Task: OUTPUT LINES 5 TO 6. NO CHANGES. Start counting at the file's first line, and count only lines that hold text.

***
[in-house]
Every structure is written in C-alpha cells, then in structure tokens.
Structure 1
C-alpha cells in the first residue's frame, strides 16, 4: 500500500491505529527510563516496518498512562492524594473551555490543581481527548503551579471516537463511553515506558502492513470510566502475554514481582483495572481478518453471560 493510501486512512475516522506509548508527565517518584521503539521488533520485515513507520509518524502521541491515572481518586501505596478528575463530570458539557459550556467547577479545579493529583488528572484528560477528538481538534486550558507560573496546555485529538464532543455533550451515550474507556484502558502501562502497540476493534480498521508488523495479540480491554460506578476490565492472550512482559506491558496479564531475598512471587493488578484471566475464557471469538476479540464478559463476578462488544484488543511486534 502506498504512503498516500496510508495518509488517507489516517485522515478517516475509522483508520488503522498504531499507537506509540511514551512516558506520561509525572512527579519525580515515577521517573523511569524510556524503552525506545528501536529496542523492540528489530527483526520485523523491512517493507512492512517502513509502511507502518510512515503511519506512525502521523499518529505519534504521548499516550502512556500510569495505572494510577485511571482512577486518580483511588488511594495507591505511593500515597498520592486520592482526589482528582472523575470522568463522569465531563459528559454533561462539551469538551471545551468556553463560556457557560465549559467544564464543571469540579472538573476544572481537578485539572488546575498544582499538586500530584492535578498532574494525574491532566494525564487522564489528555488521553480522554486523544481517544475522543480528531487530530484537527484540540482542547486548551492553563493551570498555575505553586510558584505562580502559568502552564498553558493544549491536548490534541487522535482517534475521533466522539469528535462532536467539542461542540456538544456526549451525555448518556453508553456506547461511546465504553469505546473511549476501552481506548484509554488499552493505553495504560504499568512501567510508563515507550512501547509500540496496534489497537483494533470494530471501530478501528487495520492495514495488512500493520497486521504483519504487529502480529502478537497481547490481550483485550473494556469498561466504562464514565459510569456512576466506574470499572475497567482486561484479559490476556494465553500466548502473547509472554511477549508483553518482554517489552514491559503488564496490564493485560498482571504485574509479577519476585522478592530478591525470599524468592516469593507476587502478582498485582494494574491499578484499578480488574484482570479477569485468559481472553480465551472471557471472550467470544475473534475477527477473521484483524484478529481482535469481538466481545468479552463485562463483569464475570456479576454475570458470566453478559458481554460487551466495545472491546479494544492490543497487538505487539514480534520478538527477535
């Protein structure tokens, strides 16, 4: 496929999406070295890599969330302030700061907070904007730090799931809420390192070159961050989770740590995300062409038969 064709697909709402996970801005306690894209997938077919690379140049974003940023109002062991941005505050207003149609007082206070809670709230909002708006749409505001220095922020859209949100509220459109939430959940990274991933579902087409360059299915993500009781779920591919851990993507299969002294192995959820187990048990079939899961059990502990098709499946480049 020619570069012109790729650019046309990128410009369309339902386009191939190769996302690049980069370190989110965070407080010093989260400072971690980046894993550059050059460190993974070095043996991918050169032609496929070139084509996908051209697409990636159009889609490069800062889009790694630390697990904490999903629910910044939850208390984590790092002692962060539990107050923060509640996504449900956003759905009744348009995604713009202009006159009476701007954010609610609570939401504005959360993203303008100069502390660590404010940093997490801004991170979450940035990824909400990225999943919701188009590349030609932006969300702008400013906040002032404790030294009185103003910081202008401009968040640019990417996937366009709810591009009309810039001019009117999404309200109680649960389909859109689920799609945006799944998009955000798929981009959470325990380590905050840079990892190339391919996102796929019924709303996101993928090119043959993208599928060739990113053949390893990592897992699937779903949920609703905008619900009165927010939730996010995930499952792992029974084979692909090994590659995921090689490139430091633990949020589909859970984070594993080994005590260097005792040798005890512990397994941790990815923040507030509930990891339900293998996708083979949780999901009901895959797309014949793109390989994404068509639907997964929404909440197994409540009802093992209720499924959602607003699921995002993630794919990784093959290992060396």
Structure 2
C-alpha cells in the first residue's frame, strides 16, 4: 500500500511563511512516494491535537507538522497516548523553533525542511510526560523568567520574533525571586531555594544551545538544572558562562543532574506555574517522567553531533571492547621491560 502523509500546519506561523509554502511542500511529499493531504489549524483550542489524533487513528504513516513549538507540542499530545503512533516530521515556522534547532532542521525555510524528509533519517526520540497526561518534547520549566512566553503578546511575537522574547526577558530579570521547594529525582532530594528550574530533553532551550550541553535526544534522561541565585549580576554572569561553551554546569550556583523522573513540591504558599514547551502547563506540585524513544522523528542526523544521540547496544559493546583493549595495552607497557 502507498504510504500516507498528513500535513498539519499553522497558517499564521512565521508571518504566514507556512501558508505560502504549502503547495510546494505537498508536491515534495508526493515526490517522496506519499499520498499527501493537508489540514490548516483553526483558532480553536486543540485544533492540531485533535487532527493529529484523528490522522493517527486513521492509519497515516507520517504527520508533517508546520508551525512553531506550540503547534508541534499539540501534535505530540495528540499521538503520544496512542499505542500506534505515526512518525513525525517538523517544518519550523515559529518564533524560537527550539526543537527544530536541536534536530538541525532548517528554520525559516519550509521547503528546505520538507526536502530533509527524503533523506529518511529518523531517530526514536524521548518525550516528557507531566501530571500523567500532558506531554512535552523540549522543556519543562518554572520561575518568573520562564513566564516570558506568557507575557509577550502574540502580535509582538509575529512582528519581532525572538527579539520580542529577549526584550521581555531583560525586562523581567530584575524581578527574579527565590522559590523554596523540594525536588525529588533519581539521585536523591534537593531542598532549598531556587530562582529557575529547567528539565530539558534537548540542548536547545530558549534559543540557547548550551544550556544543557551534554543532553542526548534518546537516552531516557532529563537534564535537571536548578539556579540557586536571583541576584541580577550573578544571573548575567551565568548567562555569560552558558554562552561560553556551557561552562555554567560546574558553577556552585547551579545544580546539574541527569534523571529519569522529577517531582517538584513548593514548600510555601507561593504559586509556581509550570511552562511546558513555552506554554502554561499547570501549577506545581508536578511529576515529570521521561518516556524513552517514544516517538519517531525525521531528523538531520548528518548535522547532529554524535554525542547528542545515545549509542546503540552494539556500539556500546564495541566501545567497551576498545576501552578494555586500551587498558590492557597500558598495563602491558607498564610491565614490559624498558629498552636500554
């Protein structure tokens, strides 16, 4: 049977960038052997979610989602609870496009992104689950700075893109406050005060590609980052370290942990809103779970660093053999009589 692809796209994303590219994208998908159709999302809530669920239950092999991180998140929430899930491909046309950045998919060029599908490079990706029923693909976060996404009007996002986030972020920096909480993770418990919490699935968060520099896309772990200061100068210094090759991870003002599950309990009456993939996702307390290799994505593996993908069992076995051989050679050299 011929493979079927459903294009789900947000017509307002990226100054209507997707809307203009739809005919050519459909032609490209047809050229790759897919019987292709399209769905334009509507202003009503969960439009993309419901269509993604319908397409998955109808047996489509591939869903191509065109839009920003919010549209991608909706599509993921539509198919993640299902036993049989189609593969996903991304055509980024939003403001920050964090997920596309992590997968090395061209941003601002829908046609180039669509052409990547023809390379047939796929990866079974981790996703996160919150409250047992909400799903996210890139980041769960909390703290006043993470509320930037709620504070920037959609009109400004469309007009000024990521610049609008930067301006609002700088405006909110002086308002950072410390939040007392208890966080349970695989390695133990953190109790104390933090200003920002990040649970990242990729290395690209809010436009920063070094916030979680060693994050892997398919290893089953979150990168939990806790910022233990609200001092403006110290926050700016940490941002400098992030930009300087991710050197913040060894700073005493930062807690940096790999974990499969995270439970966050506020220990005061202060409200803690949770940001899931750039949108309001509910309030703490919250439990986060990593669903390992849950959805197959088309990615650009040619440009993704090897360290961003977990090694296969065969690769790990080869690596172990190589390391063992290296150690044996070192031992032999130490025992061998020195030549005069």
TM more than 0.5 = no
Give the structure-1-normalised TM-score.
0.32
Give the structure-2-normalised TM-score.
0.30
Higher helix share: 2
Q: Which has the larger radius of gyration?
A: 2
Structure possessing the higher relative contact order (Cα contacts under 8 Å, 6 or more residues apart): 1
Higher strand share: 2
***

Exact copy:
């Protein structure tokens, strides 16, 4: 496929999406070295890599969330302030700061907070904007730090799931809420390192070159961050989770740590995300062409038969 064709697909709402996970801005306690894209997938077919690379140049974003940023109002062991941005505050207003149609007082206070809670709230909002708006749409505001220095922020859209949100509220459109939430959940990274991933579902087409360059299915993500009781779920591919851990993507299969002294192995959820187990048990079939899961059990502990098709499946480049 020619570069012109790729650019046309990128410009369309339902386009191939190769996302690049980069370190989110965070407080010093989260400072971690980046894993550059050059460190993974070095043996991918050169032609496929070139084509996908051209697409990636159009889609490069800062889009790694630390697990904490999903629910910044939850208390984590790092002692962060539990107050923060509640996504449900956003759905009744348009995604713009202009006159009476701007954010609610609570939401504005959360993203303008100069502390660590404010940093997490801004991170979450940035990824909400990225999943919701188009590349030609932006969300702008400013906040002032404790030294009185103003910081202008401009968040640019990417996937366009709810591009009309810039001019009117999404309200109680649960389909859109689920799609945006799944998009955000798929981009959470325990380590905050840079990892190339391919996102796929019924709303996101993928090119043959993208599928060739990113053949390893990592897992699937779903949920609703905008619900009165927010939730996010995930499952792992029974084979692909090994590659995921090689490139430091633990949020589909859970984070594993080994005590260097005792040798005890512990397994941790990815923040507030509930990891339900293998996708083979949780999901009901895959797309014949793109390989994404068509639907997964929404909440197994409540009802093992209720499924959602607003699921995002993630794919990784093959290992060396």
Structure 2